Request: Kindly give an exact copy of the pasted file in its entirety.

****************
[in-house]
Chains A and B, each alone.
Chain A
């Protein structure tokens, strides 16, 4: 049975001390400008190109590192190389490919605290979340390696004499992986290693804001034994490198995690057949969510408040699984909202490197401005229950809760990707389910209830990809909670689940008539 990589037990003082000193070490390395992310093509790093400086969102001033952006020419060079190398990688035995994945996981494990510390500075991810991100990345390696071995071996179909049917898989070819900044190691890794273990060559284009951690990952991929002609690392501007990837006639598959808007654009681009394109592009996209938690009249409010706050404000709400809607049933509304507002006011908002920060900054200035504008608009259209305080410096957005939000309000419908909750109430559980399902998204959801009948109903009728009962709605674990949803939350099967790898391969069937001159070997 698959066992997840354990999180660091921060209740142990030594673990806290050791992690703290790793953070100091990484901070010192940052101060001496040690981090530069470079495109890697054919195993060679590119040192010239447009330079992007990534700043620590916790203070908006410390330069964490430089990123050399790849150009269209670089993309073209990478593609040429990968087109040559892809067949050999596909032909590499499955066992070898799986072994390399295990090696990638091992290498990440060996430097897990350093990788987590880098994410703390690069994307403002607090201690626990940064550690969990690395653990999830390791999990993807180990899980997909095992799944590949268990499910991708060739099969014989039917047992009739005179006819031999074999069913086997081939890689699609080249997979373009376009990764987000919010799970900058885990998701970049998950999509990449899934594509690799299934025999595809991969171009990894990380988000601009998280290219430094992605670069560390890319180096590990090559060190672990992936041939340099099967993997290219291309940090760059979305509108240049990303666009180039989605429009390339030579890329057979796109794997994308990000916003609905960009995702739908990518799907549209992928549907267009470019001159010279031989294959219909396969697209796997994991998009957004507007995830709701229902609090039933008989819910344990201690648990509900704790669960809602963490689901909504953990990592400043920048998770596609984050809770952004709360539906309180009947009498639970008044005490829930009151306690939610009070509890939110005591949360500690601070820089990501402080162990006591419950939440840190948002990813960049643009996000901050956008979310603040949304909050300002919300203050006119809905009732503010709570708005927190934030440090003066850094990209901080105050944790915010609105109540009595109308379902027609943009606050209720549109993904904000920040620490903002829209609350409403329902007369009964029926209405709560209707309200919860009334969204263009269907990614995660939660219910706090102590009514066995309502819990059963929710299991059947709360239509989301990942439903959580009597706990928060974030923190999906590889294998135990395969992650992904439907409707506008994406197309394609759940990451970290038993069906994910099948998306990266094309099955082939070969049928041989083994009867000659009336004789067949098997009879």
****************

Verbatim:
[in-house]
Chains A and B, each alone.
Chain A
């Protein structure tokens, strides 16, 4: 049975001390400008190109590192190389490919605290979340390696004499992986290693804001034994490198995690057949969510408040699984909202490197401005229950809760990707389910209830990809909670689940008539 990589037990003082000193070490390395992310093509790093400086969102001033952006020419060079190398990688035995994945996981494990510390500075991810991100990345390696071995071996179909049917898989070819900044190691890794273990060559284009951690990952991929002609690392501007990837006639598959808007654009681009394109592009996209938690009249409010706050404000709400809607049933509304507002006011908002920060900054200035504008608009259209305080410096957005939000309000419908909750109430559980399902998204959801009948109903009728009962709605674990949803939350099967790898391969069937001159070997 698959066992997840354990999180660091921060209740142990030594673990806290050791992690703290790793953070100091990484901070010192940052101060001496040690981090530069470079495109890697054919195993060679590119040192010239447009330079992007990534700043620590916790203070908006410390330069964490430089990123050399790849150009269209670089993309073209990478593609040429990968087109040559892809067949050999596909032909590499499955066992070898799986072994390399295990090696990638091992290498990440060996430097897990350093990788987590880098994410703390690069994307403002607090201690626990940064550690969990690395653990999830390791999990993807180990899980997909095992799944590949268990499910991708060739099969014989039917047992009739005179006819031999074999069913086997081939890689699609080249997979373009376009990764987000919010799970900058885990998701970049998950999509990449899934594509690799299934025999595809991969171009990894990380988000601009998280290219430094992605670069560390890319180096590990090559060190672990992936041939340099099967993997290219291309940090760059979305509108240049990303666009180039989605429009390339030579890329057979796109794997994308990000916003609905960009995702739908990518799907549209992928549907267009470019001159010279031989294959219909396969697209796997994991998009957004507007995830709701229902609090039933008989819910344990201690648990509900704790669960809602963490689901909504953990990592400043920048998770596609984050809770952004709360539906309180009947009498639970008044005490829930009151306690939610009070509890939110005591949360500690601070820089990501402080162990006591419950939440840190948002990813960049643009996000901050956008979310603040949304909050300002919300203050006119809905009732503010709570708005927190934030440090003066850094990209901080105050944790915010609105109540009595109308379902027609943009606050209720549109993904904000920040620490903002829209609350409403329902007369009964029926209405709560209707309200919860009334969204263009269907990614995660939660219910706090102590009514066995309502819990059963929710299991059947709360239509989301990942439903959580009597706990928060974030923190999906590889294998135990395969992650992904439907409707506008994406197309394609759940990451970290038993069906994910099948998306990266094309099955082939070969049928041989083994009867000659009336004789067949098997009879």